A Small Eruption That May Last Long Skip to content
Almannavarnadeild ríkislögreglustjóra. The eruption on Reykjanes, July 10, 2023
Photo: Vilhelm Gunnarsson / Almannavarnadeild ríkislögreglustjóra. The eruption on Reykjanes, July 10, 2023.

A Small Eruption That May Last Long

The eruption that began on Iceland’s Reykjanes peninsula yesterday has already decreased in intensity. This is the third eruption on Reykjanes in three years following a break of some 800 years, and experts say the region has entered a period of increased volcanic activity. Residents of the Reykjanes peninsula and the Reykjavík capital area are encouraged to keep their windows closed today due to gas pollution.

Eruption exactly where expected

An eruption began on the Reykjanes peninsula at 4:40 PM yesterday afternoon following around a week of increased earthquake activity, including an M5.2 earthquake on Sunday night that was felt across the country. The eruption is located between Litli-Hrútur and Mt. Keilir, right where experts had predicted it would break out and just north of the 2021 and 2022 eruption sites.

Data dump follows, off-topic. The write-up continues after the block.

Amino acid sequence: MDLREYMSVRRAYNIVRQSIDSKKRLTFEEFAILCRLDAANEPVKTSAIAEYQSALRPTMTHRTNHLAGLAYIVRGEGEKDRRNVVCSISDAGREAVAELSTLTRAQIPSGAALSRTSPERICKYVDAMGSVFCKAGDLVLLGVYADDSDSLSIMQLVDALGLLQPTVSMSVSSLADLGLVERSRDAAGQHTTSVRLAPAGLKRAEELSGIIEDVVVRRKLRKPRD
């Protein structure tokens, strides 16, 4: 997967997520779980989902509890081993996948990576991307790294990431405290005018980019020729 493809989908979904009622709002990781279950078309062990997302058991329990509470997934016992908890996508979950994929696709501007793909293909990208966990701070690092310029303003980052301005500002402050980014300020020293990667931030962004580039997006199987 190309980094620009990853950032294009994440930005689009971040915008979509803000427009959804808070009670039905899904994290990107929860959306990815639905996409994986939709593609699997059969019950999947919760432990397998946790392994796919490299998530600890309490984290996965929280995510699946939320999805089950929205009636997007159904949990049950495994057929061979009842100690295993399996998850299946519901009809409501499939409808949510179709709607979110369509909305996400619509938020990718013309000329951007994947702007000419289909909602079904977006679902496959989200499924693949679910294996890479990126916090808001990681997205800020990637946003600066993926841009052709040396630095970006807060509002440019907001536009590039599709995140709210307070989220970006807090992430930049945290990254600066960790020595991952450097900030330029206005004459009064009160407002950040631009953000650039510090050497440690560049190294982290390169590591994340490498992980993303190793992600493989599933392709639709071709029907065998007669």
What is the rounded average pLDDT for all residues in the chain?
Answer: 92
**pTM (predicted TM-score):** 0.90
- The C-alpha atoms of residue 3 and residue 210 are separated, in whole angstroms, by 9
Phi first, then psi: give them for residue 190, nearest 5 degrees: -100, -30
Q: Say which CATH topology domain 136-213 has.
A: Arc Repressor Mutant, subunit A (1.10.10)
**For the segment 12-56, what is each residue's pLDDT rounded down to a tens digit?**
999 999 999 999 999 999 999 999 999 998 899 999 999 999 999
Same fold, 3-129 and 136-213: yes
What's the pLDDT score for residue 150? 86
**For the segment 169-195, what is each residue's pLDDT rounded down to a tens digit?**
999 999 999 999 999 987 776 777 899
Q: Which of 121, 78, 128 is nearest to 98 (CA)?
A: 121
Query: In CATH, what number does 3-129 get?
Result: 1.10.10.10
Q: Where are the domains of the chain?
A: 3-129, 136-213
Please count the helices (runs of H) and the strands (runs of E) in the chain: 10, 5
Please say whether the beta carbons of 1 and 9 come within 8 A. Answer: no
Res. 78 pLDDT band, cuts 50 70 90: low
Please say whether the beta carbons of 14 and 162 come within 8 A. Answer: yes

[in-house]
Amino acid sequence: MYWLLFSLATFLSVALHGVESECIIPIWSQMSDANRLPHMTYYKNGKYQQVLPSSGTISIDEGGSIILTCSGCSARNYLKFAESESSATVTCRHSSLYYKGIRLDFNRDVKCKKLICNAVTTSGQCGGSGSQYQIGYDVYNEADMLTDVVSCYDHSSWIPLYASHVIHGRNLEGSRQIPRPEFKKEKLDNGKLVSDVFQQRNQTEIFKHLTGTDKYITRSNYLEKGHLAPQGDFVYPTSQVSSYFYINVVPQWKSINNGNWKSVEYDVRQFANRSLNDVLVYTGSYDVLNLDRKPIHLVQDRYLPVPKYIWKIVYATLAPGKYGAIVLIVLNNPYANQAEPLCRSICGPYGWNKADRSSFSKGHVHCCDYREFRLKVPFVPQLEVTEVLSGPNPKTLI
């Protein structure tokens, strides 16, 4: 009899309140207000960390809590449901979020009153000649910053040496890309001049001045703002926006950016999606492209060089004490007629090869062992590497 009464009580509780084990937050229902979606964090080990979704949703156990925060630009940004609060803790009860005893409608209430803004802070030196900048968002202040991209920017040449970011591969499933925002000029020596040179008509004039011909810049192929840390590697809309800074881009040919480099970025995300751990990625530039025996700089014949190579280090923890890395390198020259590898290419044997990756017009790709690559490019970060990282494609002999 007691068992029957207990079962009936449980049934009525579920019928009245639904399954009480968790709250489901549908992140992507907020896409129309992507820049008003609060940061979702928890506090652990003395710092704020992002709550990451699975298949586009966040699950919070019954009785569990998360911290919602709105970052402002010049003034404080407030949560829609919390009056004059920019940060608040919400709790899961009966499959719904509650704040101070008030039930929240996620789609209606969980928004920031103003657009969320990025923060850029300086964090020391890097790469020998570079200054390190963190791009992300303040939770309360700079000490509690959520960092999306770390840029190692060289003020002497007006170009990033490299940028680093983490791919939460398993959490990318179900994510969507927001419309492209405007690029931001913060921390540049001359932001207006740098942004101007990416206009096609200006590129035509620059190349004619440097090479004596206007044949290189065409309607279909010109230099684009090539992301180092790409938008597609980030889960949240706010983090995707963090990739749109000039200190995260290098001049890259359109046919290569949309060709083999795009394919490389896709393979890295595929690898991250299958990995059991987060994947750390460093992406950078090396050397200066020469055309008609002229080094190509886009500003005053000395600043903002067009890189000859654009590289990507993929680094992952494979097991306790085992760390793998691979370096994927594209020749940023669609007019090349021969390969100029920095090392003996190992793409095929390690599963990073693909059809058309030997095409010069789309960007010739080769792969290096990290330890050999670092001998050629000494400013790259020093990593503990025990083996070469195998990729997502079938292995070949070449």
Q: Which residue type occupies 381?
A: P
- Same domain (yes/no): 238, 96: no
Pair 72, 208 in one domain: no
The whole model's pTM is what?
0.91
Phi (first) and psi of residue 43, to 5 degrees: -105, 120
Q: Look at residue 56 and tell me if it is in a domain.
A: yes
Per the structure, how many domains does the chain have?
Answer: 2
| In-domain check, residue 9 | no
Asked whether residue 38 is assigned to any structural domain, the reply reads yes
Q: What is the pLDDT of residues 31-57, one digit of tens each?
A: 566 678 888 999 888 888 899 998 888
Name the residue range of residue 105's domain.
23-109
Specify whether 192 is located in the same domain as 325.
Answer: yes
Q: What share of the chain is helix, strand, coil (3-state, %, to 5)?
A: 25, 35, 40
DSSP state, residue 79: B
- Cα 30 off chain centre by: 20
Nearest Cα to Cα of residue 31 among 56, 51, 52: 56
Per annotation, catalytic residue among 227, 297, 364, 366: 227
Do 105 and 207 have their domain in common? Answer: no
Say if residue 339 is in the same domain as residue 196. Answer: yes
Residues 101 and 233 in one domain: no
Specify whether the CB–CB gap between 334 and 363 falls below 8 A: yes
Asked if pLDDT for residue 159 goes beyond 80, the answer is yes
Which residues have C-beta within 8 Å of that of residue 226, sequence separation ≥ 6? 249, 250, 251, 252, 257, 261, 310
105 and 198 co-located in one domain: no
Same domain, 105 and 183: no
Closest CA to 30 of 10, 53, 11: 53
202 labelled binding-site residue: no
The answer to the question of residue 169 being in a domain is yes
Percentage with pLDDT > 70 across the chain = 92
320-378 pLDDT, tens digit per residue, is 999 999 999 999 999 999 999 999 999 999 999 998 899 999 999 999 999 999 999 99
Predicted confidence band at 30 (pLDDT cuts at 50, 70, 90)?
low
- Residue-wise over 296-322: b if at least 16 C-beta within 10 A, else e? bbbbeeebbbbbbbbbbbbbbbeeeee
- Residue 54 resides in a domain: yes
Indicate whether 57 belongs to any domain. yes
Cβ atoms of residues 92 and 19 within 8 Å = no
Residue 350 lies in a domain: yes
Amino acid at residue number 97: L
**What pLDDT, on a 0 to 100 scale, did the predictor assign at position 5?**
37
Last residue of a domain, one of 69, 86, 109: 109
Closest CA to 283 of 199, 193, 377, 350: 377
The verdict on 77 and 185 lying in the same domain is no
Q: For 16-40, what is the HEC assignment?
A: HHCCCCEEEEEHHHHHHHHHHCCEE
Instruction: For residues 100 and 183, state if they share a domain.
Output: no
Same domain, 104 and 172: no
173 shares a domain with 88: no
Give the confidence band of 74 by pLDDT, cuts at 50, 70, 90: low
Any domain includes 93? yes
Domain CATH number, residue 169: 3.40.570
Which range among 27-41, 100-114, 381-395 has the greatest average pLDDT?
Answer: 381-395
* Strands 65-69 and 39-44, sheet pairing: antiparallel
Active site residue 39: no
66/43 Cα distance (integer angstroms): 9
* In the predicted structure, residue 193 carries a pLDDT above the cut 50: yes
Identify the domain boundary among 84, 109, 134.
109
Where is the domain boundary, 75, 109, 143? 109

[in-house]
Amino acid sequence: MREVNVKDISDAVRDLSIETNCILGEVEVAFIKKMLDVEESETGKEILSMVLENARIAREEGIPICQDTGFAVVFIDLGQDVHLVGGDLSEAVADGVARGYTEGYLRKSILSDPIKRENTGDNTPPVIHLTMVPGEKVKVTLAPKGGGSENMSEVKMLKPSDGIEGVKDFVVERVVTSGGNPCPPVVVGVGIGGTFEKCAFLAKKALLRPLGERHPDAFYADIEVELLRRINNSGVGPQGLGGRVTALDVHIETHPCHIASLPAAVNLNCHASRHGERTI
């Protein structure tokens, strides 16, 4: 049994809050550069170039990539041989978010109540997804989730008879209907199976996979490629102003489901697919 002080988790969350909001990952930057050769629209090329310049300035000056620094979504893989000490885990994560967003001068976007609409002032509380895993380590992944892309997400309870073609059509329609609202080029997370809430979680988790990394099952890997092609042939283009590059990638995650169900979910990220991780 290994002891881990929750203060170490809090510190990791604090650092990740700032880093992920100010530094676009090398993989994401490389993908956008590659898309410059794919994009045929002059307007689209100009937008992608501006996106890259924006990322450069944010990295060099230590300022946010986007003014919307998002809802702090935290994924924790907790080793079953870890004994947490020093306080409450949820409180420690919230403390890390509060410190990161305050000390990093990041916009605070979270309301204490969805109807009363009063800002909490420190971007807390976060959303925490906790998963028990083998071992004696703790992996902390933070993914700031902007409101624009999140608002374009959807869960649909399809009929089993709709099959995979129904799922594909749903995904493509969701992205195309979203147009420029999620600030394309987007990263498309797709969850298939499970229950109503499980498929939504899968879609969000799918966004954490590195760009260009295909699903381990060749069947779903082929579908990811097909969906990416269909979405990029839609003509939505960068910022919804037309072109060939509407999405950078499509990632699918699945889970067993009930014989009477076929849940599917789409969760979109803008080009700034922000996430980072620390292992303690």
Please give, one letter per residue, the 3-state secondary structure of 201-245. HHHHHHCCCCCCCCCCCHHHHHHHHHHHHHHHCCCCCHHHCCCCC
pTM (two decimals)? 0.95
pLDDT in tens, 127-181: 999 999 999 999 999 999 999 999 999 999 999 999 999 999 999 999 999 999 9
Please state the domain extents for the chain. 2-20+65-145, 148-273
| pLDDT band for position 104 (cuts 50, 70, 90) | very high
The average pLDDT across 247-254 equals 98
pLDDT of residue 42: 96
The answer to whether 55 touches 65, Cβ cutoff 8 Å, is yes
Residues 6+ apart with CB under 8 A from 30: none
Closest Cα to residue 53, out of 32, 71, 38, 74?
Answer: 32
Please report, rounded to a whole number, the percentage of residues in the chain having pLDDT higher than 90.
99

Civilians asked to stay away

At the moment, the eruption does not threaten roads, infrastructure, or inhabited areas. The risk of gas pollution both at the site and elsewhere in the region is, however, significant. Civilians have been asked to stay away from the eruption site for the time being due to life-threatening conditions. Authorities have also told residents across Southwest Iceland, including the capital area and even as far as the Snæfellsnes peninsula to keep their windows closed due to the pollution.

Activity decreased since yesterday

The eruption is behaving typically for a fissure eruption, according to the Volcano and Natural Hazard Group of South Iceland. Such eruptions tend to be most powerful when they start, due to gas that accumulates high up in the magma intrusion that makes its way to the surface. When the eruption begins, the pressure in the magma tunnel begins to drop and with it the intensity of the eruption. “Now it’s just a question of how long the eruption channel stays open before the eruption ends,” the group wrote.

The eruption can be seen on a live feed below.

Sign up for our weekly newsletter

Get news from Iceland, photos, and in-depth stories delivered to your inbox every week!

* indicates required

Subscribe to Iceland Review

In-depth stories and high-quality photography showcasing life in Iceland!

Share article

Facebook
Twitter